The family Cassidae contains medium to large size shells which occur in tropical and temperate seas. There is about 60 species, most of which occur from the intertidal down to about 100 m in depth. Most helmet shells live buried in the sand by day, coming out at night to feed on echinoderms, especially sea urchins, which they can locate by smell from at least 30 centimetre away. In the Cassidae the columellar callus extends onto the ventral surface and is referred to as the columellar shield. The margin of the columellar shield, which is the edge away from the aperture, may adhere to the ventral surface of the whorl or be free standing, and may be straight, indented, or convex. The shield itself may be smooth or sculptured.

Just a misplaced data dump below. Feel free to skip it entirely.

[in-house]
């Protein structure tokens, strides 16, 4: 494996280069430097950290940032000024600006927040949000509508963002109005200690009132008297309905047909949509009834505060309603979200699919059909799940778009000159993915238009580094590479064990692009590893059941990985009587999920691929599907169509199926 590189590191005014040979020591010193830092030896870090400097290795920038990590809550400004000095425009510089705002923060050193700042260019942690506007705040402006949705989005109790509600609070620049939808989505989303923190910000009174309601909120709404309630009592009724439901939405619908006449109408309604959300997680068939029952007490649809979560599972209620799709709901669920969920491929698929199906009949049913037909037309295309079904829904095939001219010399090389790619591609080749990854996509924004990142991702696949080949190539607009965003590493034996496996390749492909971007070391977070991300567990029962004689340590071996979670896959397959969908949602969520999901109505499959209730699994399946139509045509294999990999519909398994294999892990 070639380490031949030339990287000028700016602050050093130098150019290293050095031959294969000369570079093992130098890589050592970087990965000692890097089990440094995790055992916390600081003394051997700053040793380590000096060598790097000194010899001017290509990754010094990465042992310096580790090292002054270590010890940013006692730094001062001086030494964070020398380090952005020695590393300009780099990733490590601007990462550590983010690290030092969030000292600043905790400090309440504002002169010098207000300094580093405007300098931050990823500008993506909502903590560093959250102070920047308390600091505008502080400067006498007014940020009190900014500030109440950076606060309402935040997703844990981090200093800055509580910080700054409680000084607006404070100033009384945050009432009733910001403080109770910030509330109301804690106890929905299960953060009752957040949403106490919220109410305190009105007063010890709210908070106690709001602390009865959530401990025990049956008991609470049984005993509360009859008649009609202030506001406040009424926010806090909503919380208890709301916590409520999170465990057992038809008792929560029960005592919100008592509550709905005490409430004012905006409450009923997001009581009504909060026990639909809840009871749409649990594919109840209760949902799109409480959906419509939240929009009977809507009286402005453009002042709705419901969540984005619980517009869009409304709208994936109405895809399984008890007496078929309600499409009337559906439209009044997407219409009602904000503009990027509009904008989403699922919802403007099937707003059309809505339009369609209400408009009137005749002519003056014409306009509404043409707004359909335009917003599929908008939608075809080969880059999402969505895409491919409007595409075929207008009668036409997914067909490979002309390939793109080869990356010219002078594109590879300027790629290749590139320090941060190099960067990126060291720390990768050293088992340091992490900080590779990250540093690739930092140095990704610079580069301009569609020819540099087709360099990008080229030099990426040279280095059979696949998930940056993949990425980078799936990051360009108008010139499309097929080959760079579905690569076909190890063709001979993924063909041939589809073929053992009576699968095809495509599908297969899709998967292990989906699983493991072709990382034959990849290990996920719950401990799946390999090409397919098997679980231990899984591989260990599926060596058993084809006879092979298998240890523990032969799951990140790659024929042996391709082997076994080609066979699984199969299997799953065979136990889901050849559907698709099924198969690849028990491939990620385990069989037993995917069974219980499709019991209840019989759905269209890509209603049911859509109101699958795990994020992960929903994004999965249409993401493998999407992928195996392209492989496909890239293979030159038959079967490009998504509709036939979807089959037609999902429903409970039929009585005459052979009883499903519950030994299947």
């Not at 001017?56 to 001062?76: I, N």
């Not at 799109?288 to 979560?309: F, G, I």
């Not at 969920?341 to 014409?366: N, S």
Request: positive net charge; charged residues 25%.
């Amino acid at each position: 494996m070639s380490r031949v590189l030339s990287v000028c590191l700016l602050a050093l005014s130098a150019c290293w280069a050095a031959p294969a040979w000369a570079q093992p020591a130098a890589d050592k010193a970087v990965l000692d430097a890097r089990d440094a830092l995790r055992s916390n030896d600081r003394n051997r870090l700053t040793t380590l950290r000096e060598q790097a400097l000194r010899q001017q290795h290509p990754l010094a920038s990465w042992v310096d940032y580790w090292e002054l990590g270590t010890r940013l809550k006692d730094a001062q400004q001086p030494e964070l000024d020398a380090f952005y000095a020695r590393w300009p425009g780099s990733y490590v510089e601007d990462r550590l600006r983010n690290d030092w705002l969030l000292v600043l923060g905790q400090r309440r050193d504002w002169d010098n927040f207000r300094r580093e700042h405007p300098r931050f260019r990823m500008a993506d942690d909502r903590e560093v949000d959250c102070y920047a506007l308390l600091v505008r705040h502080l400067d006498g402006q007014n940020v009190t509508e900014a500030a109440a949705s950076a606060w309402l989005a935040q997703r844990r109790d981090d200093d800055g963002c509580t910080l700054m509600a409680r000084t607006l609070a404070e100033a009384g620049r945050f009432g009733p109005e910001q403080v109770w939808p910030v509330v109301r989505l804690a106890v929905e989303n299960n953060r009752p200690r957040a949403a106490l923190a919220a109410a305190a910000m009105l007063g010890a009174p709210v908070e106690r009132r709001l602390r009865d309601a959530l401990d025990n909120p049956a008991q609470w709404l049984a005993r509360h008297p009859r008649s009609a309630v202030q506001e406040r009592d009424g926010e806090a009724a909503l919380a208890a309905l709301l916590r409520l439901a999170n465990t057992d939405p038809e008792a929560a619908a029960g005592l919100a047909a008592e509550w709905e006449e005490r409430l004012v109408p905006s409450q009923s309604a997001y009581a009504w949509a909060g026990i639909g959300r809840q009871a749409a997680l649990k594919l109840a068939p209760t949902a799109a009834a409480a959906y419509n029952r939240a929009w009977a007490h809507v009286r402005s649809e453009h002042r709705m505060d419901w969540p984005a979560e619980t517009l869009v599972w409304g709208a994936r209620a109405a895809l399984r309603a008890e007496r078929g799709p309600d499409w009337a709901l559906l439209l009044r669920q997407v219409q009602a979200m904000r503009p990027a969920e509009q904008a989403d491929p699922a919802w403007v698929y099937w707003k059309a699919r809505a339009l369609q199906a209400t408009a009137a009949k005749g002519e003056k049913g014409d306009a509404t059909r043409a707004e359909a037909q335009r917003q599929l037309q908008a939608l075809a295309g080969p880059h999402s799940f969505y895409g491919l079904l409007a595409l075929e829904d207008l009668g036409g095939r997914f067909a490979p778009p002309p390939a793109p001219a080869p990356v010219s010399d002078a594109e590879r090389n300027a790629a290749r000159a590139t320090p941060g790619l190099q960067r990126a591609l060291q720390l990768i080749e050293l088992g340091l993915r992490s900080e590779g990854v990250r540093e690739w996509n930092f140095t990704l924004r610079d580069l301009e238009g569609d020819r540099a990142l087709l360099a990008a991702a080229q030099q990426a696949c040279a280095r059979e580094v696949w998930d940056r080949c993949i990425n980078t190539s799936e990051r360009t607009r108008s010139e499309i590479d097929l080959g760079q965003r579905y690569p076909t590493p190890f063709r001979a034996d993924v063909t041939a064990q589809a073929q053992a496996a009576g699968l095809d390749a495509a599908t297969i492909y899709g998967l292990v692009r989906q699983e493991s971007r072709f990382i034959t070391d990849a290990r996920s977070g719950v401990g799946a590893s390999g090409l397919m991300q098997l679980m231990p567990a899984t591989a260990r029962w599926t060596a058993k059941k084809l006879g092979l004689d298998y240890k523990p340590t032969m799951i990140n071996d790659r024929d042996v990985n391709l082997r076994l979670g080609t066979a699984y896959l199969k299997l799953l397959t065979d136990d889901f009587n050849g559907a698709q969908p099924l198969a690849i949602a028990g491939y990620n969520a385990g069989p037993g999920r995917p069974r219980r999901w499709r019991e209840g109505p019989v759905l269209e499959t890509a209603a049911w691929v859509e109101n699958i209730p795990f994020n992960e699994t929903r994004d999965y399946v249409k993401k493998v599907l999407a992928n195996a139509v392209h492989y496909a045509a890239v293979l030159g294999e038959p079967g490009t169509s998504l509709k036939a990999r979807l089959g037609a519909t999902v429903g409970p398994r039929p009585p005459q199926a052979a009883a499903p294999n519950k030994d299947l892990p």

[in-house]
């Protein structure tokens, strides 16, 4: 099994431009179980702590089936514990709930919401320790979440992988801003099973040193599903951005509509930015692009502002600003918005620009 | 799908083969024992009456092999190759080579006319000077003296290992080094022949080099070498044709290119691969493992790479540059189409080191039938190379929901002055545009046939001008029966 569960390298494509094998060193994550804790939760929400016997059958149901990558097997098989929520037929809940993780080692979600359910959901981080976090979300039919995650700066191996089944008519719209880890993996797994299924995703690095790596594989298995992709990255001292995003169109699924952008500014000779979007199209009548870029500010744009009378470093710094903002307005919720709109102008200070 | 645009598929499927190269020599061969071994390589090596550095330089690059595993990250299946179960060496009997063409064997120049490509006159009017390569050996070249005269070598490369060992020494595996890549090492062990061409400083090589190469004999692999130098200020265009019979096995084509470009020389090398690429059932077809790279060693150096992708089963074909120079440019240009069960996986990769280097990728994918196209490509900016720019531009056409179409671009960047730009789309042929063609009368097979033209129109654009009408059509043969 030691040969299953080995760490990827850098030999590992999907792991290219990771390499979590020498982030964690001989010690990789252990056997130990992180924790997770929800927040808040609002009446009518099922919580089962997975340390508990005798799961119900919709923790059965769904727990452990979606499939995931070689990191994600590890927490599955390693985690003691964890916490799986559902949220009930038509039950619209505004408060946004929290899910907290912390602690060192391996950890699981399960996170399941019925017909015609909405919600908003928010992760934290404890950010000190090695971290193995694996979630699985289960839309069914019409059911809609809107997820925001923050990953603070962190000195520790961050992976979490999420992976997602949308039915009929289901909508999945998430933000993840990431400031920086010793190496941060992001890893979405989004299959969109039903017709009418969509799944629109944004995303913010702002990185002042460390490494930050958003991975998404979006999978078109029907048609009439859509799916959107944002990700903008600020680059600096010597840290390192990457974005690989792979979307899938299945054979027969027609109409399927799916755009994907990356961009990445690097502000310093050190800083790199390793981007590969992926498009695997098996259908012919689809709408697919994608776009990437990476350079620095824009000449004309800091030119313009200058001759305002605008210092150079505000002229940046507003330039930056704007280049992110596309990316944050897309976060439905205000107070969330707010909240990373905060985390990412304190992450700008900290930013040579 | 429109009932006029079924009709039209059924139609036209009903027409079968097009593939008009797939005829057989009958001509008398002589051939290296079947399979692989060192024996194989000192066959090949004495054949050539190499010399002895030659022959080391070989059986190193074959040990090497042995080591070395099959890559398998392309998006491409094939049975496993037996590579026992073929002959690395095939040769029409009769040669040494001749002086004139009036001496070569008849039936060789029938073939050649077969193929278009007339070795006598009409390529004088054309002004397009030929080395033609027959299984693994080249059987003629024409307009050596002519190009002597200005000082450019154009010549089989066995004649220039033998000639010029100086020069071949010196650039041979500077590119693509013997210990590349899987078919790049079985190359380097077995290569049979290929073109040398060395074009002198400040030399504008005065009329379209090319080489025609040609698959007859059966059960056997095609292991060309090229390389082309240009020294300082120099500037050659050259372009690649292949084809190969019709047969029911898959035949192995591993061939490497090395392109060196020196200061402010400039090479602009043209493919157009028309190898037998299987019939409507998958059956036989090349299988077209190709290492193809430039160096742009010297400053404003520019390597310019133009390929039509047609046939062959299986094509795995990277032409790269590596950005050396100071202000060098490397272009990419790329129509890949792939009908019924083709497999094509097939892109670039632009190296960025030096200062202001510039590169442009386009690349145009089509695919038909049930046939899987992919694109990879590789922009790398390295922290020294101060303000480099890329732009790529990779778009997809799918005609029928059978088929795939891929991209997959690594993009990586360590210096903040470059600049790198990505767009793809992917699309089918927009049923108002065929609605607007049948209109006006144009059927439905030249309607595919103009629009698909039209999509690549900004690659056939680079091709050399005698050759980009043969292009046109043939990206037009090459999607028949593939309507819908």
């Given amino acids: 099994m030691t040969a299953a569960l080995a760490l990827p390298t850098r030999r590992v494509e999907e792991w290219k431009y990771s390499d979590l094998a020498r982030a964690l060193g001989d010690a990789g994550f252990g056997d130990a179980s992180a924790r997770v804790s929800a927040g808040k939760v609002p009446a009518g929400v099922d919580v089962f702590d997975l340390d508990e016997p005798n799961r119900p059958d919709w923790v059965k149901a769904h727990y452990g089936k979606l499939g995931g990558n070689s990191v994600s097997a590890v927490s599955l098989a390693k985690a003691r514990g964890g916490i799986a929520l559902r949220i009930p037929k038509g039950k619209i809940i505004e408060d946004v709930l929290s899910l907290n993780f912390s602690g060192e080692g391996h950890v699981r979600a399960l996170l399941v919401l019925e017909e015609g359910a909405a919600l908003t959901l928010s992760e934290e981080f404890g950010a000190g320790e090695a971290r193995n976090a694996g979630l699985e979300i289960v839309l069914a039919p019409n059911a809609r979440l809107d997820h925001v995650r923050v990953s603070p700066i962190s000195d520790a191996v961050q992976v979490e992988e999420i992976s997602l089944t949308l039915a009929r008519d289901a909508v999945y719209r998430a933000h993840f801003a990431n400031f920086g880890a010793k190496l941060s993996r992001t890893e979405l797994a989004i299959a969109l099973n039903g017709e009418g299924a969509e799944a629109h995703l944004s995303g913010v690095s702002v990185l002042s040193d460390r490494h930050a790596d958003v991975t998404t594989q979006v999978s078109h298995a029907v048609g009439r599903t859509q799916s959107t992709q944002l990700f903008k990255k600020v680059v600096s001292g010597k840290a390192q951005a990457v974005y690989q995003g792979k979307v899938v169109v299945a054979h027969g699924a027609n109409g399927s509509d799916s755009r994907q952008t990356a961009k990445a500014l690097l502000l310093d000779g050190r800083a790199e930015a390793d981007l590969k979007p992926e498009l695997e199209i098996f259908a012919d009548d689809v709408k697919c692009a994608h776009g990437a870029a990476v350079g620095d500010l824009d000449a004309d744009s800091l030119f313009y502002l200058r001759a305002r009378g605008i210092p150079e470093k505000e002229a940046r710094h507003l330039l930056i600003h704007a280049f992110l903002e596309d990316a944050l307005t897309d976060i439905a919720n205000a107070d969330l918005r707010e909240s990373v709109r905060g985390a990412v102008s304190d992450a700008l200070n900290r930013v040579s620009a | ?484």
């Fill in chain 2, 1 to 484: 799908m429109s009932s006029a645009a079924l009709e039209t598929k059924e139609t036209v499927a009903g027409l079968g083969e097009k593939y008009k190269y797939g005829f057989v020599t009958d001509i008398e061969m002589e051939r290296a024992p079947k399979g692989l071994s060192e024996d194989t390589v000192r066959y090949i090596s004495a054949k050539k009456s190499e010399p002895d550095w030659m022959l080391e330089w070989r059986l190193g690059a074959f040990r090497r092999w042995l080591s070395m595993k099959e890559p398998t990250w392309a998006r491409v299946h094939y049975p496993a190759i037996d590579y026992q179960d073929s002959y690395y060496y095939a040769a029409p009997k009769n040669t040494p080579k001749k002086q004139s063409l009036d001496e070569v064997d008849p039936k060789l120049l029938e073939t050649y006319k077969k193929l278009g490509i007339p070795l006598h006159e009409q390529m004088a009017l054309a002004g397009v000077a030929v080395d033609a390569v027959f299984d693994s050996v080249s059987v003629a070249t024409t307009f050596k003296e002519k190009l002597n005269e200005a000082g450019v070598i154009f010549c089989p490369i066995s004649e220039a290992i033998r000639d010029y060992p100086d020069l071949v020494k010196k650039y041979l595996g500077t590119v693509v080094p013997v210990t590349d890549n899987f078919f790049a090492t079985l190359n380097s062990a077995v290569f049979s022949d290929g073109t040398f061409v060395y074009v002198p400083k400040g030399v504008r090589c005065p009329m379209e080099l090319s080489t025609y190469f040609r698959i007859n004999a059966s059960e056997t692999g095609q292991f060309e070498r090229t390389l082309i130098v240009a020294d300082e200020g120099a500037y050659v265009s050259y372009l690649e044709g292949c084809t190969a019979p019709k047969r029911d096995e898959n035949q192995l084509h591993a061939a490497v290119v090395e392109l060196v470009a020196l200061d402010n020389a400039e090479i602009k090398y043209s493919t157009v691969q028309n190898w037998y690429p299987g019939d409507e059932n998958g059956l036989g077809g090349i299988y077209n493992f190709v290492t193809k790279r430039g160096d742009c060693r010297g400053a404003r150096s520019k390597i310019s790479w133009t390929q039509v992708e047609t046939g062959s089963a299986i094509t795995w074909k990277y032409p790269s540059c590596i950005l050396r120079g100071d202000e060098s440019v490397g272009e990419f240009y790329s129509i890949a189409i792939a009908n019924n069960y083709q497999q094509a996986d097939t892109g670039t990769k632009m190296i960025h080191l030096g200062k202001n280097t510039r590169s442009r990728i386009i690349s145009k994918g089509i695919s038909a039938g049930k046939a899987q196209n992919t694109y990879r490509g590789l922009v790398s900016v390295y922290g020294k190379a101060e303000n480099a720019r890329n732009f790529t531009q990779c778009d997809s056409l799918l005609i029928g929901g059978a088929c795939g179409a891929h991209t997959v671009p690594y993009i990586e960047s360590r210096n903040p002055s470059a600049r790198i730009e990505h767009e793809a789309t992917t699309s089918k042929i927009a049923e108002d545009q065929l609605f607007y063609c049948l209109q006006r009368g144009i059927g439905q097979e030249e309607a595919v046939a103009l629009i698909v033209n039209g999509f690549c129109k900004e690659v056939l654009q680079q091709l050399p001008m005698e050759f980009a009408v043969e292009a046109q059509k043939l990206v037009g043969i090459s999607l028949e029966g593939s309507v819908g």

Genus: Semicassis Mörch, 1852
Species: Semicassis glabrata Dunker, 1852
41.2 mm shell length, thin, spire, large body whorl, lip thickened, spiral line at base, white.
Cassis glabrata Dunker, 1852; Phalium glabratum Dunker, 1852
Semicassis glabrata Dunker, 1852- [Hinton (1972): 17; Hinton (1979): 18; Abbott and Dance (1982): 112; Eisenberg (1986): 80; Oliver (1989): 132; Kreipl (1997): 52-53; Thach (2005): 101; Robin (2008): 143].
Philippines; Indonesia; New Guinea: Vietnam.
This taxon has not yet been assessed for the IUCN Red List.